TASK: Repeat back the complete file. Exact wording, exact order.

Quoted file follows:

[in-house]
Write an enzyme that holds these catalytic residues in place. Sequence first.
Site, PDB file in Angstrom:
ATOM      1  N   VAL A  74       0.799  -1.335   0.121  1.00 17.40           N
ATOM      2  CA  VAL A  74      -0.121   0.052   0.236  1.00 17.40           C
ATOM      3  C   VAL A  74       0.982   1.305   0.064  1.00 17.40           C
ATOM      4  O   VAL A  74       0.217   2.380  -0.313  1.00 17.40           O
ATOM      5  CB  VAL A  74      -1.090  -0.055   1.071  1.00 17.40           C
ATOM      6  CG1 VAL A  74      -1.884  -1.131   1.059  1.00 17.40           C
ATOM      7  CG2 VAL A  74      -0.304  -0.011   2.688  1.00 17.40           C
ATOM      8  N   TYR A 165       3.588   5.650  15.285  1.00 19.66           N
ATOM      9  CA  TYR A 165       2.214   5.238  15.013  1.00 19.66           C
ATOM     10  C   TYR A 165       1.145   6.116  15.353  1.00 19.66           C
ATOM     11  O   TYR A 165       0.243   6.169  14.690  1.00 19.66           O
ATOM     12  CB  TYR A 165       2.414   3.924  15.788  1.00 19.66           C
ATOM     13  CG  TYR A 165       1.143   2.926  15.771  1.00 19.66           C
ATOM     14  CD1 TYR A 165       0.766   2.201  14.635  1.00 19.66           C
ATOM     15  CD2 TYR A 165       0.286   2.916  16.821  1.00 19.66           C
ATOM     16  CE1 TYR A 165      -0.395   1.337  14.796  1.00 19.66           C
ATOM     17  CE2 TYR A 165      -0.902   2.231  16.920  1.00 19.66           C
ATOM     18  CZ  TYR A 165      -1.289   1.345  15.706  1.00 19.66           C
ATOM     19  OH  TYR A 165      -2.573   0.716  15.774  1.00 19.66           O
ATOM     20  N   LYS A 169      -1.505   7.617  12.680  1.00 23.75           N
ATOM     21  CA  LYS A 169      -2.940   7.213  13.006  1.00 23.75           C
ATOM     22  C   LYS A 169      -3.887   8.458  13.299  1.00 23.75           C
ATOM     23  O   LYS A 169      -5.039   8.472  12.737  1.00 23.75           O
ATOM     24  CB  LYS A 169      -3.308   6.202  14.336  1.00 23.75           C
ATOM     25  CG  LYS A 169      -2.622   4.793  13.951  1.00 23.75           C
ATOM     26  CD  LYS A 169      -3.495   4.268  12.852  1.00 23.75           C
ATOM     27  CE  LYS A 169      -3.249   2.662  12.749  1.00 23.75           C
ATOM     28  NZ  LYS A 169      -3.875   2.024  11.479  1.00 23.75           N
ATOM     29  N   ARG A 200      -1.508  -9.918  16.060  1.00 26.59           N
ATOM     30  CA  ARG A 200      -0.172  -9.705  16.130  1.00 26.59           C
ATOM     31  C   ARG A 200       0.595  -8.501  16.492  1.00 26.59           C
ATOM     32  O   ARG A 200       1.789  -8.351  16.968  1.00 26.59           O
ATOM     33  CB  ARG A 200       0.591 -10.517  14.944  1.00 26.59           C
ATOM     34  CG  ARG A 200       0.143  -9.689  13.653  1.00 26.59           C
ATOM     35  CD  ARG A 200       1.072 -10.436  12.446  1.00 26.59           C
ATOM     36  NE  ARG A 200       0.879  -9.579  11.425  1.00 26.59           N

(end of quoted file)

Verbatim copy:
[in-house]
Write an enzyme that holds these catalytic residues in place. Sequence first.
Site, PDB file in Angstrom:
ATOM      1  N   VAL A  74       0.799  -1.335   0.121  1.00 17.40           N
ATOM      2  CA  VAL A  74      -0.121   0.052   0.236  1.00 17.40           C
ATOM      3  C   VAL A  74       0.982   1.305   0.064  1.00 17.40           C
ATOM      4  O   VAL A  74       0.217   2.380  -0.313  1.00 17.40           O
ATOM      5  CB  VAL A  74      -1.090  -0.055   1.071  1.00 17.40           C
ATOM      6  CG1 VAL A  74      -1.884  -1.131   1.059  1.00 17.40           C
ATOM      7  CG2 VAL A  74      -0.304  -0.011   2.688  1.00 17.40           C
ATOM      8  N   TYR A 165       3.588   5.650  15.285  1.00 19.66           N
ATOM      9  CA  TYR A 165       2.214   5.238  15.013  1.00 19.66           C
ATOM     10  C   TYR A 165       1.145   6.116  15.353  1.00 19.66           C
ATOM     11  O   TYR A 165       0.243   6.169  14.690  1.00 19.66           O
ATOM     12  CB  TYR A 165       2.414   3.924  15.788  1.00 19.66           C
ATOM     13  CG  TYR A 165       1.143   2.926  15.771  1.00 19.66           C
ATOM     14  CD1 TYR A 165       0.766   2.201  14.635  1.00 19.66           C
ATOM     15  CD2 TYR A 165       0.286   2.916  16.821  1.00 19.66           C
ATOM     16  CE1 TYR A 165      -0.395   1.337  14.796  1.00 19.66           C
ATOM     17  CE2 TYR A 165      -0.902   2.231  16.920  1.00 19.66           C
ATOM     18  CZ  TYR A 165      -1.289   1.345  15.706  1.00 19.66           C
ATOM     19  OH  TYR A 165      -2.573   0.716  15.774  1.00 19.66           O
ATOM     20  N   LYS A 169      -1.505   7.617  12.680  1.00 23.75           N
ATOM     21  CA  LYS A 169      -2.940   7.213  13.006  1.00 23.75           C
ATOM     22  C   LYS A 169      -3.887   8.458  13.299  1.00 23.75           C
ATOM     23  O   LYS A 169      -5.039   8.472  12.737  1.00 23.75           O
ATOM     24  CB  LYS A 169      -3.308   6.202  14.336  1.00 23.75           C
ATOM     25  CG  LYS A 169      -2.622   4.793  13.951  1.00 23.75           C
ATOM     26  CD  LYS A 169      -3.495   4.268  12.852  1.00 23.75           C
ATOM     27  CE  LYS A 169      -3.249   2.662  12.749  1.00 23.75           C
ATOM     28  NZ  LYS A 169      -3.875   2.024  11.479  1.00 23.75           N
ATOM     29  N   ARG A 200      -1.508  -9.918  16.060  1.00 26.59           N
ATOM     30  CA  ARG A 200      -0.172  -9.705  16.130  1.00 26.59           C
ATOM     31  C   ARG A 200       0.595  -8.501  16.492  1.00 26.59           C
ATOM     32  O   ARG A 200       1.789  -8.351  16.968  1.00 26.59           O
ATOM     33  CB  ARG A 200       0.591 -10.517  14.944  1.00 26.59           C
ATOM     34  CG  ARG A 200       0.143  -9.689  13.653  1.00 26.59           C
ATOM     35  CD  ARG A 200       1.072 -10.436  12.446  1.00 26.59           C
ATOM     36  NE  ARG A 200       0.879  -9.579  11.425  1.00 26.59           N